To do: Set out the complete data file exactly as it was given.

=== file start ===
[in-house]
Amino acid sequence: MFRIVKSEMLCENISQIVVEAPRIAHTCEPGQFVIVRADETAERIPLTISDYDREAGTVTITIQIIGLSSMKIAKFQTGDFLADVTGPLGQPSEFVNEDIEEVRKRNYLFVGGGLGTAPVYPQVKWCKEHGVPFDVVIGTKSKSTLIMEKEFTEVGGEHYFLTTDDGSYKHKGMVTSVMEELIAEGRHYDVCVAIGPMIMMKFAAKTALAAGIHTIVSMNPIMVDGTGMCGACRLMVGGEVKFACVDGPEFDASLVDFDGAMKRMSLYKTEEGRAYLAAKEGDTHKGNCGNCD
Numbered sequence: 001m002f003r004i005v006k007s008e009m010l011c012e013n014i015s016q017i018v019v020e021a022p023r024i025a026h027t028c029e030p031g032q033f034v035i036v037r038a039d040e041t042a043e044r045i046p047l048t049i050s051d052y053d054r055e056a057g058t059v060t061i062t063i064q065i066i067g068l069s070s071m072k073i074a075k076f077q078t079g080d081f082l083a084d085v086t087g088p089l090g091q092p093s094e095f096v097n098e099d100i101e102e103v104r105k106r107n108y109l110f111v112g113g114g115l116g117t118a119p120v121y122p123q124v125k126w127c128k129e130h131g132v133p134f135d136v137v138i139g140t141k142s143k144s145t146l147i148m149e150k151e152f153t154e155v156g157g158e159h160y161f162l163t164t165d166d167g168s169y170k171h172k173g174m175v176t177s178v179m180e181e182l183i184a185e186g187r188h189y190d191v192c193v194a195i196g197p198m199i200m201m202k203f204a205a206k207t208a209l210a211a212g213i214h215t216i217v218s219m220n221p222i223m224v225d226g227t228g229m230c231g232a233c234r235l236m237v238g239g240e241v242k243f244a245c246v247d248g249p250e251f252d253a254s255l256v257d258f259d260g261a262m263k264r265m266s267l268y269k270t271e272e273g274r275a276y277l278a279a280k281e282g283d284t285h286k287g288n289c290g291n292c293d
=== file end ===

[in-house]
Amino acid sequence: MFRIVKSEMLCENISQIVVEAPRIAHTCEPGQFVIVRADETAERIPLTISDYDREAGTVTITIQIIGLSSMKIAKFQTGDFLADVTGPLGQPSEFVNEDIEEVRKRNYLFVGGGLGTAPVYPQVKWCKEHGVPFDVVIGTKSKSTLIMEKEFTEVGGEHYFLTTDDGSYKHKGMVTSVMEELIAEGRHYDVCVAIGPMIMMKFAAKTALAAGIHTIVSMNPIMVDGTGMCGACRLMVGGEVKFACVDGPEFDASLVDFDGAMKRMSLYKTEEGRAYLAAKEGDTHKGNCGNCD
Numbered sequence: 001m002f003r004i005v006k007s008e009m010l011c012e013n014i015s016q017i018v019v020e021a022p023r024i025a026h027t028c029e030p031g032q033f034v035i036v037r038a039d040e041t042a043e044r045i046p047l048t049i050s051d052y053d054r055e056a057g058t059v060t061i062t063i064q065i066i067g068l069s070s071m072k073i074a075k076f077q078t079g080d081f082l083a084d085v086t087g088p089l090g091q092p093s094e095f096v097n098e099d100i101e102e103v104r105k106r107n108y109l110f111v112g113g114g115l116g117t118a119p120v121y122p123q124v125k126w127c128k129e130h131g132v133p134f135d136v137v138i139g140t141k142s143k144s145t146l147i148m149e150k151e152f153t154e155v156g157g158e159h160y161f162l163t164t165d166d167g168s169y170k171h172k173g174m175v176t177s178v179m180e181e182l183i184a185e186g187r188h189y190d191v192c193v194a195i196g197p198m199i200m201m202k203f204a205a206k207t208a209l210a211a212g213i214h215t216i217v218s219m220n221p222i223m224v225d226g227t228g229m230c231g232a233c234r235l236m237v238g239g240e241v242k243f244a245c246v247d248g249p250e251f252d253a254s255l256v257d258f259d260g261a262m263k264r265m266s267l268y269k270t271e272e273g274r275a276y277l278a279a280k281e282g283d284t285h286k287g288n289c290g291n292c293d